He said the respondent will be making some application to the Court of Appeal, with respect of the issue of waiver and cost in relation to the first hearing.
James said that, in relation to Friday’s judgement, the respondent “obviously” will consider filing certain submissions to the court.
The petitions were filed under the leadership of Eustace, who stepped down as NDP president, last October.
The East Kingstown legislator left with the petitions in limbo, as the party awaited the outcome of its appeal of a decision by Justice Brian Cottle, who in June 2016, threw out the petitions as being improperly filed.
However, in March 2017, the Court of Appeal said that Justice Cottle showed apparent bias in his decision and returned the petitions to the High Court for hearing before a different judge.
Attorney Kay Bacchus-Baptiste, a member of the NDP’s legal team, told supporters at the rally Friday, to “stand still and see the victory of the Lord, for the battle is not yours, but God’s”.
She said that was the word given to her the day when they went to Court to respond to the motions.
Bacchus-Baptiste said that the ULP general secretary, Julian Francis, had ridiculed her on radio, saying that when a lawyer has to resort to quoting the Bible, their case is weak.
“Victory is sweet,” Bacchus-Baptiste, said, but urged party supporters to stand firm.
“We have just started,” she said, adding that the petitions will need the support of party faithful.
She said that she has about 10 affidavits from the North Leeward constituency and would be looking for more.
“Now that the work has begun, we are going to rely on you to come forward. Lots of you have evidence, but you were afraid to come forward. Be bold. The battle is the lord. End all fears.”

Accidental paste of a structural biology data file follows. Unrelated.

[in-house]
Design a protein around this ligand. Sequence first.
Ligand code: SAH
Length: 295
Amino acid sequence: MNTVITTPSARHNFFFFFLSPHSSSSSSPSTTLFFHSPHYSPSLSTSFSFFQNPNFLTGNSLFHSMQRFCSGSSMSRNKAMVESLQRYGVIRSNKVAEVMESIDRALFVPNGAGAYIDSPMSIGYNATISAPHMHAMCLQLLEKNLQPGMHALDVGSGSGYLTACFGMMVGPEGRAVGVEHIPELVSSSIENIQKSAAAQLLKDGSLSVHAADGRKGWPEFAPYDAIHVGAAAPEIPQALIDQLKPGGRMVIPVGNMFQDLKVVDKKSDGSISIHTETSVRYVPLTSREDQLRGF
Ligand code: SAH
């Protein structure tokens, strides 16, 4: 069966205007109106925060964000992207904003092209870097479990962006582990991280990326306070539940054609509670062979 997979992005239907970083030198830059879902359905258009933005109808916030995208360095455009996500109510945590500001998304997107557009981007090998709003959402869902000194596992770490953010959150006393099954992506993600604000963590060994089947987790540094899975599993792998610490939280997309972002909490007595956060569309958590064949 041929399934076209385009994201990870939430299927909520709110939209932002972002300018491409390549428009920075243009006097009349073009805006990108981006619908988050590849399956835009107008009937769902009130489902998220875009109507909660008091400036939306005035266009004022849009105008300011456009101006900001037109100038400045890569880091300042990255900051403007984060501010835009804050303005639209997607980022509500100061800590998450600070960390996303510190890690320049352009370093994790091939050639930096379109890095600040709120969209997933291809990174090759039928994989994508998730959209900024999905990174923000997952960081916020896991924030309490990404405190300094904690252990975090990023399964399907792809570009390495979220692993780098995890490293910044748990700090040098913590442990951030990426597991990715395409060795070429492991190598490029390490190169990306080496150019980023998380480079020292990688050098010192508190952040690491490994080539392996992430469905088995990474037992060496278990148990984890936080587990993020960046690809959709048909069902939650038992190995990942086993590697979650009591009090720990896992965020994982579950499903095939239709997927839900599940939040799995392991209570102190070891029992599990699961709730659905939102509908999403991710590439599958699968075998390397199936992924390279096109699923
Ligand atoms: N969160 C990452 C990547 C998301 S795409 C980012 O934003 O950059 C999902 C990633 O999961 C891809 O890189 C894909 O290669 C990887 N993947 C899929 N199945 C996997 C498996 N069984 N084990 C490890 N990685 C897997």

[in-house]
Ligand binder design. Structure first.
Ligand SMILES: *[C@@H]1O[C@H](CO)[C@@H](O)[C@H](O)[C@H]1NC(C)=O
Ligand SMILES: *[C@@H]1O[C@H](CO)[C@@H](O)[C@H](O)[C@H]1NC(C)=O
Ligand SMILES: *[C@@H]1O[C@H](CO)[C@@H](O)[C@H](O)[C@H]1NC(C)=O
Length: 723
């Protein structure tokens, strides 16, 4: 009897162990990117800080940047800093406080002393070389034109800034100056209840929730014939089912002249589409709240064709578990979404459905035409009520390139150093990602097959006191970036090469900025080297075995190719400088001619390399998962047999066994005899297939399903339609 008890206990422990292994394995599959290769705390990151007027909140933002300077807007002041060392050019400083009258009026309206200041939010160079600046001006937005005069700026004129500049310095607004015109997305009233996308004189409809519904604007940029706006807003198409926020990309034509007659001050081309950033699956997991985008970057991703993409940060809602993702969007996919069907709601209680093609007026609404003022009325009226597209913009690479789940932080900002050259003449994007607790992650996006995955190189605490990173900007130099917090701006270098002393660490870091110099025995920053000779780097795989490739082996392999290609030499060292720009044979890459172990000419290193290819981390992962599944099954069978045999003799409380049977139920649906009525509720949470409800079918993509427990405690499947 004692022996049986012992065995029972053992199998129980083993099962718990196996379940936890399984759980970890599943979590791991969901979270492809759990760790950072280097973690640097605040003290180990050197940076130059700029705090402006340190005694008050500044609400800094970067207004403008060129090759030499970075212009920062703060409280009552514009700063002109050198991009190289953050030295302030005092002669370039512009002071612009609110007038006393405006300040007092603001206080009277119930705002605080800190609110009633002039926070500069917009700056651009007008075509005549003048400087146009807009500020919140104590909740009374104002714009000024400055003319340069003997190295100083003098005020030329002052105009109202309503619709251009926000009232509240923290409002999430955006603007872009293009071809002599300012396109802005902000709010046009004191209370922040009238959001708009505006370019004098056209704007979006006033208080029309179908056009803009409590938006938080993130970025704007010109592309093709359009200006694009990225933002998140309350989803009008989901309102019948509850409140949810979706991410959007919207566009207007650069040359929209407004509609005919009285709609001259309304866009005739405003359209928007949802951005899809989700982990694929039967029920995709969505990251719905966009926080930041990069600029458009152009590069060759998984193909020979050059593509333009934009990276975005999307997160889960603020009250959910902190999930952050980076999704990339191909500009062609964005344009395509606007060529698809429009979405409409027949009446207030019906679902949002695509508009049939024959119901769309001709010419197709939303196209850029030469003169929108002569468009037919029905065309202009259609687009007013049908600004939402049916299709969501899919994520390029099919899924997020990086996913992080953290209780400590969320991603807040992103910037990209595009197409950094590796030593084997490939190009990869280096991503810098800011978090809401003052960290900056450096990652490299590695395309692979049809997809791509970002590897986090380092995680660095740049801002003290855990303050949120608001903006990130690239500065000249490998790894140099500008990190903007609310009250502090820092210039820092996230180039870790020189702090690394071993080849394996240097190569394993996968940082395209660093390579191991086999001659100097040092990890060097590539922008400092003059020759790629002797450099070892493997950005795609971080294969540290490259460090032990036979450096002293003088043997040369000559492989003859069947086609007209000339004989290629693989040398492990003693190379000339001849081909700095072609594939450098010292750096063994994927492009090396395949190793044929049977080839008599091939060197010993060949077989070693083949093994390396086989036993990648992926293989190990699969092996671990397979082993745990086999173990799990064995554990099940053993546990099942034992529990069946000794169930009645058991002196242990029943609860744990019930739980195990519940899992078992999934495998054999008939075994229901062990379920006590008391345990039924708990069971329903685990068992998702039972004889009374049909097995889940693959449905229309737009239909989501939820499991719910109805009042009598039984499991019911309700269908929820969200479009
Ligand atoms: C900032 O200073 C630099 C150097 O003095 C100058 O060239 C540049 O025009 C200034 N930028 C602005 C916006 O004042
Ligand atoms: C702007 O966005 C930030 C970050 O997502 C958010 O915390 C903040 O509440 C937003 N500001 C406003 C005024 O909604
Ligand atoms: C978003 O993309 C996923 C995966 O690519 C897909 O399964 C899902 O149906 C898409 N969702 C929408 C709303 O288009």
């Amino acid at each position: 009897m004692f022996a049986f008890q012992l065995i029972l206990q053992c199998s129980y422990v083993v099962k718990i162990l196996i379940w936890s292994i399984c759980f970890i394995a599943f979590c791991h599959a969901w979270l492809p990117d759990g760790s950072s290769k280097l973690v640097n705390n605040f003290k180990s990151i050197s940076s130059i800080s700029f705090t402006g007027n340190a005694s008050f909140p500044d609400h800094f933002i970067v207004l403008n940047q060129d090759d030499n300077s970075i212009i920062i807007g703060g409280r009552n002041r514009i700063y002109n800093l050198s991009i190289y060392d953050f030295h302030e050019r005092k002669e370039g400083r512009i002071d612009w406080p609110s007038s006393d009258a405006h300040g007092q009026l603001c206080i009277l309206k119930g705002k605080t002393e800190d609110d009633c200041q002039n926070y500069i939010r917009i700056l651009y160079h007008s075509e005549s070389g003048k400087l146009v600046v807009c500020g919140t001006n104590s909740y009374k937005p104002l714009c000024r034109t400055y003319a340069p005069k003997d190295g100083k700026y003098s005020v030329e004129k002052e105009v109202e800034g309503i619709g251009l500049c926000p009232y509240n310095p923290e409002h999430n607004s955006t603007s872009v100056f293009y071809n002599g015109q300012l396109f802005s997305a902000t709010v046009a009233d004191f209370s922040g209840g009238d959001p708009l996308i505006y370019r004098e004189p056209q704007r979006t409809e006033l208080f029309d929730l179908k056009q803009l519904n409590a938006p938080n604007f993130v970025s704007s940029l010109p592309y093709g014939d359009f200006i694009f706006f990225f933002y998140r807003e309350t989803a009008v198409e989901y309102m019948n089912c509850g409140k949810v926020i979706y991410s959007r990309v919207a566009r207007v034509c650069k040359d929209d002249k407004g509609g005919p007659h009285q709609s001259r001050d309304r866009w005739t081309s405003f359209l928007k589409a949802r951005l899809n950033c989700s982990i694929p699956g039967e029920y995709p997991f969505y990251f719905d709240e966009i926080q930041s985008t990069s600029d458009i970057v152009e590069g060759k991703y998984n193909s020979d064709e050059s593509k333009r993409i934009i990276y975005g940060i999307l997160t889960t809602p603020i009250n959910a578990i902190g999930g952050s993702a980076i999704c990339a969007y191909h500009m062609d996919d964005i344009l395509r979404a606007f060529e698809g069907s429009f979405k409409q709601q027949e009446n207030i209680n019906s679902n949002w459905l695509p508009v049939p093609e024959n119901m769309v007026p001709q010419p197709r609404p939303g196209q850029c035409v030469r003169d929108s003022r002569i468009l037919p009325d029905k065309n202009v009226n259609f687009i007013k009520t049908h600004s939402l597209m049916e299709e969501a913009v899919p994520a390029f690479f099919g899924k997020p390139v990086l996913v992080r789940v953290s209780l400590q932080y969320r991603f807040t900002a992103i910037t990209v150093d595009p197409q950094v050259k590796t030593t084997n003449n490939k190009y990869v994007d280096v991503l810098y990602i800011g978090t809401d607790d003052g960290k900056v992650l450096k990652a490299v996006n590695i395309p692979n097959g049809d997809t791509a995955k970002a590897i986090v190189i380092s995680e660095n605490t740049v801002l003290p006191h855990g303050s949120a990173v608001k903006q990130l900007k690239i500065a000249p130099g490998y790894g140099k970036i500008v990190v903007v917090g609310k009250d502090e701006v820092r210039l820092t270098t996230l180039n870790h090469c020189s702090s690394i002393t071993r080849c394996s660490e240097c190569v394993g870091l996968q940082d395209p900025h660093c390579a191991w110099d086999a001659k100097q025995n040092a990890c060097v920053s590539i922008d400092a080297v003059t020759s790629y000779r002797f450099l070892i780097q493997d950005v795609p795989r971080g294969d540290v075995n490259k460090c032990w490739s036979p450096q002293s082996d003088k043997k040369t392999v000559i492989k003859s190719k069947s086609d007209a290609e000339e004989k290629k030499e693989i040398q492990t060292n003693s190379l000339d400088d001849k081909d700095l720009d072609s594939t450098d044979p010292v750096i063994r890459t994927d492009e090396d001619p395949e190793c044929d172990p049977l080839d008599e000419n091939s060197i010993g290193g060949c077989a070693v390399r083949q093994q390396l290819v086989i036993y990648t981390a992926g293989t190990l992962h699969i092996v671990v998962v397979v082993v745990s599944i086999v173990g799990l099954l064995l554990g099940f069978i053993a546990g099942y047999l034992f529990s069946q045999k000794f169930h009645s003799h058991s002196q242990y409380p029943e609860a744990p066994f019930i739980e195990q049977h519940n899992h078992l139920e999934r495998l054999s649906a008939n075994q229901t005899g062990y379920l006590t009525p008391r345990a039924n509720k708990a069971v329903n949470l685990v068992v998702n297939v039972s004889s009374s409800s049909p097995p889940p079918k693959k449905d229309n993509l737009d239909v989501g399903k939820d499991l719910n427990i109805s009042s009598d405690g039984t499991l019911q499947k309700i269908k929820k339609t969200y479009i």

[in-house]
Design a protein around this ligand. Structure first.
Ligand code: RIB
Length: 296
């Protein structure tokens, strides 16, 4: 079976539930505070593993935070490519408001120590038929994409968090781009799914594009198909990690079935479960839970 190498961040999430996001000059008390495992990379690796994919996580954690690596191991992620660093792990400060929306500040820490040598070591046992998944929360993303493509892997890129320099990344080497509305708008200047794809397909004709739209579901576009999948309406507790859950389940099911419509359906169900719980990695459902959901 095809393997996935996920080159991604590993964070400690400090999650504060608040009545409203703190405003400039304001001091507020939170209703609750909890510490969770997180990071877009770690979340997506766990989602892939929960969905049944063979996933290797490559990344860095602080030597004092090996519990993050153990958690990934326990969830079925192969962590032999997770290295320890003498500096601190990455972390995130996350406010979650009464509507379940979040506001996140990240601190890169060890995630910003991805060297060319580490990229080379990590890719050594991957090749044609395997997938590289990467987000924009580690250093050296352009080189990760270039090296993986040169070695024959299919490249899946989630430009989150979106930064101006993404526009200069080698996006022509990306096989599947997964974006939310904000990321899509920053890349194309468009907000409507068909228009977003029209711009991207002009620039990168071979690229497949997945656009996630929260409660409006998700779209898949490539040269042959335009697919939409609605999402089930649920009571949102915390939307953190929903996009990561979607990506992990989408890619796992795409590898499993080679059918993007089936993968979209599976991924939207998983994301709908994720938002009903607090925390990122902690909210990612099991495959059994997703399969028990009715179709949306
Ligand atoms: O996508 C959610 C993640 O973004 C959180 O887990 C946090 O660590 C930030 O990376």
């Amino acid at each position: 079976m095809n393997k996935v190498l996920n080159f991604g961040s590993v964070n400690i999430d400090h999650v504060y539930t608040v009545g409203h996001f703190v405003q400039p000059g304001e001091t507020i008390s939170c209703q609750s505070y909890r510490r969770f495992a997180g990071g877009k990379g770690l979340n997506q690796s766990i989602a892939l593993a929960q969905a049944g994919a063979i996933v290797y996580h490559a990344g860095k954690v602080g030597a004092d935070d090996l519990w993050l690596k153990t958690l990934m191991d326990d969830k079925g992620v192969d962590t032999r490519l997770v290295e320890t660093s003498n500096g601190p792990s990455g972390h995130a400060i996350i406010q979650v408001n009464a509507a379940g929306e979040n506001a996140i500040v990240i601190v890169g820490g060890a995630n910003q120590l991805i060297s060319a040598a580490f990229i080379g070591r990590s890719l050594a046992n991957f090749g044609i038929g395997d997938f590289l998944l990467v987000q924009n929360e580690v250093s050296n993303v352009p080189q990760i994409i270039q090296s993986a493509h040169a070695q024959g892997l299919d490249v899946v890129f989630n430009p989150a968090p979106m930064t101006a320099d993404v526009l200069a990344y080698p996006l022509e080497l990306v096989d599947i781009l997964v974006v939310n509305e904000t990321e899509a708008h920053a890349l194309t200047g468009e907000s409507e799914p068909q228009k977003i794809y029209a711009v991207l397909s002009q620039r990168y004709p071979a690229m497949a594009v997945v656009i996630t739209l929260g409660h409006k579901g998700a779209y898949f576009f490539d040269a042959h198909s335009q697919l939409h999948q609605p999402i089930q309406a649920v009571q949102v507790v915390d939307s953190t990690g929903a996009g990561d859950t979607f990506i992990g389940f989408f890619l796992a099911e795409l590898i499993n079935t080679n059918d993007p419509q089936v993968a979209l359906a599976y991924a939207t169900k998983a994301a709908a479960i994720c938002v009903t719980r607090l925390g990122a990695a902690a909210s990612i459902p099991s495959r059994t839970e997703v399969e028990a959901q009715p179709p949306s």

Friday, who is also the NDP president, told the rally that “weeping may endure for the night, but joy cometh in the morning, and this is the morning”.
“In fact, this is the day that the Lord hath made and we will rejoice and be glad in it,” he said, adding that the party has waited long for justice, “and today those wheels of justice are beginning to turn again”.
He said that the petitions will be heard on their own merit.
“This is good for democracy. This is good for good governance. But, most importantly, this is good for our own value of ourselves as a people,” said Friday, adding that the Court ruling “reaffirms that our rights and the will of the people are greater than mere legal technicality, outside of the real issue at stake”.
“We are not cogs in a wheel, we are not pawns, we are not pieces of a puzzle, we are real people, with real desires and ambitions and will. The expression of our will should never be denied, neither by the efforts of any agent and certainly not by mere legal technicalities,” he said.
The NDP leader, who is also a lawyer, said that law exists to help societies imagine and become their very best.
“Law does not exist for its own sake. The foundation of every democracy is free and fair elections, and we all know that the general elections of December 9th, 2015 were anything but, free and fair,” Friday said.